In this blog series, we discuss why Knowledge Graphs are excellent at guiding and focusing ML and at serving as a unifying fabric for different AI algorithms. 

Artificial Intelligence (AI) and Machine Learning (ML) and Cognitive Computing are umbrella terms for a wide set of algorithms, technologies and approaches that make software seem ‘smart’. Such algorithms can discern patterns in data so that when new data comes in, they can apply patterns to make conclusions about new data.

• Knowledge representation and reasoning (KR) is the eld of AI dedicated to represent- ing information about the world in a form that a computer system can utilize.

• Knowledge Graphs are part of the KR branch of AI and can capture data as well as semantics or the meaning of data. They enable computers to reason based on the full available contextual and conceptual information.

• Leading companies who are building Knowledge Graphs include Google, Apple, Amazon, Airbnb, Bloomberg, Facebook, LinkedIn, Thomson Reuters — and these are just a few.


• As an enterprise Knowledge Graph infrastructure, TopBraid EDG supports Data Governance 2.0 and applications of AI/ML.

• Within TopBraid EDG, we show several examples of the application of AI to help automate the governance of information.

• We conclude with some thoughts on what governance is needed for AI itself to support its ongoing use in the enterprise.

The topic of Artificial Intelligence (AI) has become dominant as a technology trend and is influencing almost every industry. Today, you are probably hearing this term daily as it is often discussed in the news and featured in ads promoting different technology-enabled products.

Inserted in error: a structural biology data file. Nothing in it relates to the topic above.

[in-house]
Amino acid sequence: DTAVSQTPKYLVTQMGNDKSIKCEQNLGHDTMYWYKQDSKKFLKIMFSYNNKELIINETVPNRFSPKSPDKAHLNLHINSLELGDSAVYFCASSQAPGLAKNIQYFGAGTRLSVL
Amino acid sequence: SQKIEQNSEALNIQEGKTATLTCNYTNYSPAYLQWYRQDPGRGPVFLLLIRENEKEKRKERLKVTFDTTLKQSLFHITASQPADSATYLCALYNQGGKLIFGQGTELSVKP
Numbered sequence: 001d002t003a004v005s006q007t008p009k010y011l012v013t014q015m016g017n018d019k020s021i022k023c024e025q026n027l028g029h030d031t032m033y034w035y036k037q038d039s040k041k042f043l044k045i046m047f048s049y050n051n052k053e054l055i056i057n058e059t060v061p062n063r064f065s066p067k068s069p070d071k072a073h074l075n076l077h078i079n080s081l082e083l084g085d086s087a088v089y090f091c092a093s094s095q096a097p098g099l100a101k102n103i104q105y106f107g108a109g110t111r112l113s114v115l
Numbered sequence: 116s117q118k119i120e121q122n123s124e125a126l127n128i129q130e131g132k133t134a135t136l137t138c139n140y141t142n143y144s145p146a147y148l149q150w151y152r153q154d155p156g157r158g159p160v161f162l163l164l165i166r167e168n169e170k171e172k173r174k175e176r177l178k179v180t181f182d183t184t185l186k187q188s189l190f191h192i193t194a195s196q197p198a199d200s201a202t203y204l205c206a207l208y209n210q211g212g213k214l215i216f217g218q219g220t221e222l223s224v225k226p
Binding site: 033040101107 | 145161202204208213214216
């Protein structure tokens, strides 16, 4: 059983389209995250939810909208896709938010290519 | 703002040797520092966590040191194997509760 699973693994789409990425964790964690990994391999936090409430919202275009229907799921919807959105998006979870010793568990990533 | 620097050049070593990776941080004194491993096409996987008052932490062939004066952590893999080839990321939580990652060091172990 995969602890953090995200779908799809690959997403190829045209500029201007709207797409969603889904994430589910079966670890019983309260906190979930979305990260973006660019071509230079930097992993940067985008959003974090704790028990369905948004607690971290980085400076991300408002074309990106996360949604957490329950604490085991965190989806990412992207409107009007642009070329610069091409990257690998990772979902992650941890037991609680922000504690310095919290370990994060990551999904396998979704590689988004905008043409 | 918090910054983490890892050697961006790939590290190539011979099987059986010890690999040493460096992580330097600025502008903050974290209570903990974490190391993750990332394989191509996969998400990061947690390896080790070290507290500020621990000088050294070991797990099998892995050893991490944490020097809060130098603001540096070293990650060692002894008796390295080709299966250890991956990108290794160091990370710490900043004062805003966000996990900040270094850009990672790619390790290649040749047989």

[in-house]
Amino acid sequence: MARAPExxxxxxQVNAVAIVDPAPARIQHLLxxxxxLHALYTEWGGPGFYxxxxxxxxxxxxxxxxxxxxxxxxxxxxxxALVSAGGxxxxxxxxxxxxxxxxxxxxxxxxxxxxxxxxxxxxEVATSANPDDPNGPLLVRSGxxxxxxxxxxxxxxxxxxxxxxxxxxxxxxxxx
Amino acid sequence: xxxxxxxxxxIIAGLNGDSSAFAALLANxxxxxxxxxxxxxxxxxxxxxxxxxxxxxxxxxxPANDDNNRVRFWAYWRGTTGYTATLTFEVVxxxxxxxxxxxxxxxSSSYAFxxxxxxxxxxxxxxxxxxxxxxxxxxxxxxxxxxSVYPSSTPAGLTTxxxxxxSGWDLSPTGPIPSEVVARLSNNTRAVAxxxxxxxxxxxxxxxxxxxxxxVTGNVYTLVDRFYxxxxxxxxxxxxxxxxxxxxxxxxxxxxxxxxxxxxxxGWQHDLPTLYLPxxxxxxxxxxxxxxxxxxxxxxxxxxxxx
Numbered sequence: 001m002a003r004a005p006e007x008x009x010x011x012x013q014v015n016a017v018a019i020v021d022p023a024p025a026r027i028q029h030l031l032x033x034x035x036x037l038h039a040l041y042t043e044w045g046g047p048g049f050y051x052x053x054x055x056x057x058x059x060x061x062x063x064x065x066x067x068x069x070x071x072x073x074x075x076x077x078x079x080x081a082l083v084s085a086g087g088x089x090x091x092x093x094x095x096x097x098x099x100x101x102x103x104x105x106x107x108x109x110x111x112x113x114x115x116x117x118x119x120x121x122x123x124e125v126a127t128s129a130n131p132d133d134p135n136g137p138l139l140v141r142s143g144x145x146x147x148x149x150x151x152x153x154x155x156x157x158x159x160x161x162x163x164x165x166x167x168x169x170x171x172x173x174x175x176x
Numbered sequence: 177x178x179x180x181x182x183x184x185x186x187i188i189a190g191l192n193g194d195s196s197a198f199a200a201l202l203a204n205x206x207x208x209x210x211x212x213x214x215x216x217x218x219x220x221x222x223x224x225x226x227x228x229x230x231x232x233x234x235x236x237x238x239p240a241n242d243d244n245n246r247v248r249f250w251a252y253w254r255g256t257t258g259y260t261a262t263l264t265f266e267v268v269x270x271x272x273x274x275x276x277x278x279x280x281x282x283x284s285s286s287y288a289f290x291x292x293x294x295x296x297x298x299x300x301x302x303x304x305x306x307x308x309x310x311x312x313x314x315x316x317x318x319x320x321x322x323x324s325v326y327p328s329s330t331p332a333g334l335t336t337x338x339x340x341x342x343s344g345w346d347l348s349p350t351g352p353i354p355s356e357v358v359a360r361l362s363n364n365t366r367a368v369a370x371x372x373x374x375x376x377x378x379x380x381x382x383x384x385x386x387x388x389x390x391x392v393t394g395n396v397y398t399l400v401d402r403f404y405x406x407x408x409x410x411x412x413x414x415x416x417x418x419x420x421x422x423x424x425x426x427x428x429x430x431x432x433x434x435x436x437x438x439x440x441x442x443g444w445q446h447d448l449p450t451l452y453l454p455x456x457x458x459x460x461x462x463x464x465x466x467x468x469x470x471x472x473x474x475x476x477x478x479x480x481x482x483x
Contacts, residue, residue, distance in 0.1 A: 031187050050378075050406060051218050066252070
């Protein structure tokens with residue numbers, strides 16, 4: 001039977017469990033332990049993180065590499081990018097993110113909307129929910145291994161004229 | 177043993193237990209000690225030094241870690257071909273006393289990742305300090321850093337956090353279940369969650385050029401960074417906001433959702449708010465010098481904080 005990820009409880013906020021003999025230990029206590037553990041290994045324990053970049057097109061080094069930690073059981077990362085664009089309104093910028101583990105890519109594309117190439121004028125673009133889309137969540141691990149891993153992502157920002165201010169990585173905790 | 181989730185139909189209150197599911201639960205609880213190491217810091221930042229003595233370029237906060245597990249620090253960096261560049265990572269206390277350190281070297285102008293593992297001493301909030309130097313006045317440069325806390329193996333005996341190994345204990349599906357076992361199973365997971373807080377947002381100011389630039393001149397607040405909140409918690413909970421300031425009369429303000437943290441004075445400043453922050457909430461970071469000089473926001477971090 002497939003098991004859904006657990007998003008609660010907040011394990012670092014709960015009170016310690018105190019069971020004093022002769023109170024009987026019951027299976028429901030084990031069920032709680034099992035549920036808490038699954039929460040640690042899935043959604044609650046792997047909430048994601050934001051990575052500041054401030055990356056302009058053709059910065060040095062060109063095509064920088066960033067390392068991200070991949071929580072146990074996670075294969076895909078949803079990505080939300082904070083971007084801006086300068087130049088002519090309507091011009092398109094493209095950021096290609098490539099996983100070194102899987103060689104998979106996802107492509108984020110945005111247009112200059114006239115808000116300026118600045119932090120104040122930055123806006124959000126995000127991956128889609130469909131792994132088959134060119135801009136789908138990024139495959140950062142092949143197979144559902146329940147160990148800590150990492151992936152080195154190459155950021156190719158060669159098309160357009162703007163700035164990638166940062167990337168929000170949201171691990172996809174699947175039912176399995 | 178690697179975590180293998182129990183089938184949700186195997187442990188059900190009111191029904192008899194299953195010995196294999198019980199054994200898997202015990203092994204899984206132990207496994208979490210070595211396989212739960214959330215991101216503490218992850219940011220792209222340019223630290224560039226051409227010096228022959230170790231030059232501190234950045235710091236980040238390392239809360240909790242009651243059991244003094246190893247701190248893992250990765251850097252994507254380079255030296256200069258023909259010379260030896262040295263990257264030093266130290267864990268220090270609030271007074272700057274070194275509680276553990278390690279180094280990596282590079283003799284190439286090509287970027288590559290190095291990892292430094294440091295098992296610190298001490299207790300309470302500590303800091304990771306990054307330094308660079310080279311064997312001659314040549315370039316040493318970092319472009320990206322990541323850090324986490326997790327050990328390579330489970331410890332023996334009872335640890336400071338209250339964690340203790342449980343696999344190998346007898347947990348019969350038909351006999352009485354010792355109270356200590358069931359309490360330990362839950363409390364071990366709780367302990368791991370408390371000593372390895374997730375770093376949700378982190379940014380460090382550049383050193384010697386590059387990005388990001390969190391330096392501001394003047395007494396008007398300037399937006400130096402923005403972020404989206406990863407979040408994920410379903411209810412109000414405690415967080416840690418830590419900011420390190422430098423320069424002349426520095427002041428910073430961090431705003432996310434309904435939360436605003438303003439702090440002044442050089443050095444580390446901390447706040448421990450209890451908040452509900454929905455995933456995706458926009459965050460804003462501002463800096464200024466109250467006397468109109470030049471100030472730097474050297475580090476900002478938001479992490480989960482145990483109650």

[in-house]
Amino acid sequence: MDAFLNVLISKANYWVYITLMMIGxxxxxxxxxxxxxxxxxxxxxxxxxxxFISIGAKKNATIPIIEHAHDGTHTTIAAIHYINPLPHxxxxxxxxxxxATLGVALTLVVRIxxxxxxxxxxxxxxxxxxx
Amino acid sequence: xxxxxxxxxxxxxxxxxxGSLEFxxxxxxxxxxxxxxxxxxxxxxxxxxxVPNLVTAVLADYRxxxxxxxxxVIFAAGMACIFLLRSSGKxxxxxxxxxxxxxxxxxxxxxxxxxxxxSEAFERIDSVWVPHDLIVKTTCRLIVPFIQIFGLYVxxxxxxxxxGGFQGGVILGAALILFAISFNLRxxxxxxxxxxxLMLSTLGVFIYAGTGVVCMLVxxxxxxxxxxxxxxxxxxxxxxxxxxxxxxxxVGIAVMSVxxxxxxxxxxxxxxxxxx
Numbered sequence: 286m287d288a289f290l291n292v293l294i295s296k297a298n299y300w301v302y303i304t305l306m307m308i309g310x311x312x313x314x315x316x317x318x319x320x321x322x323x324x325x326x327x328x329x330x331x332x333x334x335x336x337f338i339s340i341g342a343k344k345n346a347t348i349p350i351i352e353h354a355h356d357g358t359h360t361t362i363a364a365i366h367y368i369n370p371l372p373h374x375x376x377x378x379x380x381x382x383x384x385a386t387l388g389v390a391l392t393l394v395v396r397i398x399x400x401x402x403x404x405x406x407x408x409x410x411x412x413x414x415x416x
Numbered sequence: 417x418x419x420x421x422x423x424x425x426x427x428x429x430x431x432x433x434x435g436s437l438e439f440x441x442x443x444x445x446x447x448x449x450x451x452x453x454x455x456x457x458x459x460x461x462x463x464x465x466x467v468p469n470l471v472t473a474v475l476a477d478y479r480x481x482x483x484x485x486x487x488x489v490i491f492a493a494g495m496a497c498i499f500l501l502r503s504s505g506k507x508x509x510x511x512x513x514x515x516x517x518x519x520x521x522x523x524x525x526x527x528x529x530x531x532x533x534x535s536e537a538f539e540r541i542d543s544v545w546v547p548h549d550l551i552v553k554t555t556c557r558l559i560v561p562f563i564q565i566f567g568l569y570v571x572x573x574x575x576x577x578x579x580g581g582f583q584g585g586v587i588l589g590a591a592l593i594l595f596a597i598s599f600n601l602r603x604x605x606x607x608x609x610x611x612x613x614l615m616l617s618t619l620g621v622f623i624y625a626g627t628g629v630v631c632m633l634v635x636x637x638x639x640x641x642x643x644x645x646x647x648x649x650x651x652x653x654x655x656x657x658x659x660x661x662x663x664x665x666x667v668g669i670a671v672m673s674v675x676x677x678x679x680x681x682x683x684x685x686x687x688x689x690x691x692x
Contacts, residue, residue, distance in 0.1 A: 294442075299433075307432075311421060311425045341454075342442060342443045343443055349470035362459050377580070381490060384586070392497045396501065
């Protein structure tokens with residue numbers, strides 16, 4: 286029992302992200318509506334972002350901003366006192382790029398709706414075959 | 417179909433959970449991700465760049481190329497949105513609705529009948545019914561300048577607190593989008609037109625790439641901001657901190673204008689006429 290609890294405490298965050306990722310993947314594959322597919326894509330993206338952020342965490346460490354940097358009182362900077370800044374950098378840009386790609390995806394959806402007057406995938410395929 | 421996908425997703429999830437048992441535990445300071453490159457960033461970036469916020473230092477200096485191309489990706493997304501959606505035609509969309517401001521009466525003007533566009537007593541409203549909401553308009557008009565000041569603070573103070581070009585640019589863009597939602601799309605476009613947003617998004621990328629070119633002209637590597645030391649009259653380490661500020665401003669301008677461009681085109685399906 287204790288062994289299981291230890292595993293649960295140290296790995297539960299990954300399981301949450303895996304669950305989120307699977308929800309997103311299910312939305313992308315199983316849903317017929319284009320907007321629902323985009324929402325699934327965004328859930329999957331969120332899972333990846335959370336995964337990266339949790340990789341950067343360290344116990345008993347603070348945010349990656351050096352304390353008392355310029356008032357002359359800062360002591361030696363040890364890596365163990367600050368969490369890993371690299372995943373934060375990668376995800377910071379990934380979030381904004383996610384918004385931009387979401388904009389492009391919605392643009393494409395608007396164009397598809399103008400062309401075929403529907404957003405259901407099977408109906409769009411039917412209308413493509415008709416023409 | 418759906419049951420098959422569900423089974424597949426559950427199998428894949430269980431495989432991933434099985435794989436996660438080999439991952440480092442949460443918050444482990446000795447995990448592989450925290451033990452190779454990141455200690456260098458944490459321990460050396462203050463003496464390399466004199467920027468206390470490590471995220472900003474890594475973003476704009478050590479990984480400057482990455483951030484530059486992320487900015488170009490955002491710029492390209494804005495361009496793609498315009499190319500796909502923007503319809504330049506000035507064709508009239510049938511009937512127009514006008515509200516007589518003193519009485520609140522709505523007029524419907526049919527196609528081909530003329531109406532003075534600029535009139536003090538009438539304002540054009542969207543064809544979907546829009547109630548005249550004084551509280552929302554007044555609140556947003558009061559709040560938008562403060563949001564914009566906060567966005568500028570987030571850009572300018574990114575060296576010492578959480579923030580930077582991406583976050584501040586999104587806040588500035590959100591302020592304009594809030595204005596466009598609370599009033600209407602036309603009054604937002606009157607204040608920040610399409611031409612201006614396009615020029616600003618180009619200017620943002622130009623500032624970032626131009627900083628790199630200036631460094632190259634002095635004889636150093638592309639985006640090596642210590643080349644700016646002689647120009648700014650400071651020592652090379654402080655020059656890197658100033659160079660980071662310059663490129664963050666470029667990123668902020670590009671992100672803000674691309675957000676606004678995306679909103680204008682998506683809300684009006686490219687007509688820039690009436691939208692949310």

Applications using AI can be found in all industries and they span different functions. Use of AI promises to deliver results that could not be achieved with more traditional technologies or to achieve the results cheaper and faster. At the same time, many organizations are just beginning their AI journey.

What is AI, what can it do, and what is hype vs. reality are questions that are not yet well understood.


What Is Artificial Intelligence?

Artificial Intelligence is an umbrella term for a wide set of algorithms, technologies and approaches that make software seem ‘smart’— giving us an impression of human-like smartness. Other terms for AI include Machine Intelligence and Computational Intelligence.

Artificial Intelligence can be divided into broad (or general) and narrow (or weak) AI.

Broad AI, where a machine could success- fully perform any intellectual task, does not exist today. Leading scientists agree that it is at least 30 years away. And many doubt if it will ever be possible.

What we see and use today are many examples of narrow AI that can carry out specific tasks without being explicitly programmed in a traditional way. Such examples include facial recognition in the security systems, purchase recommendations on e-commerce sites and cars that park themselves or inter- act with drivers using natural language.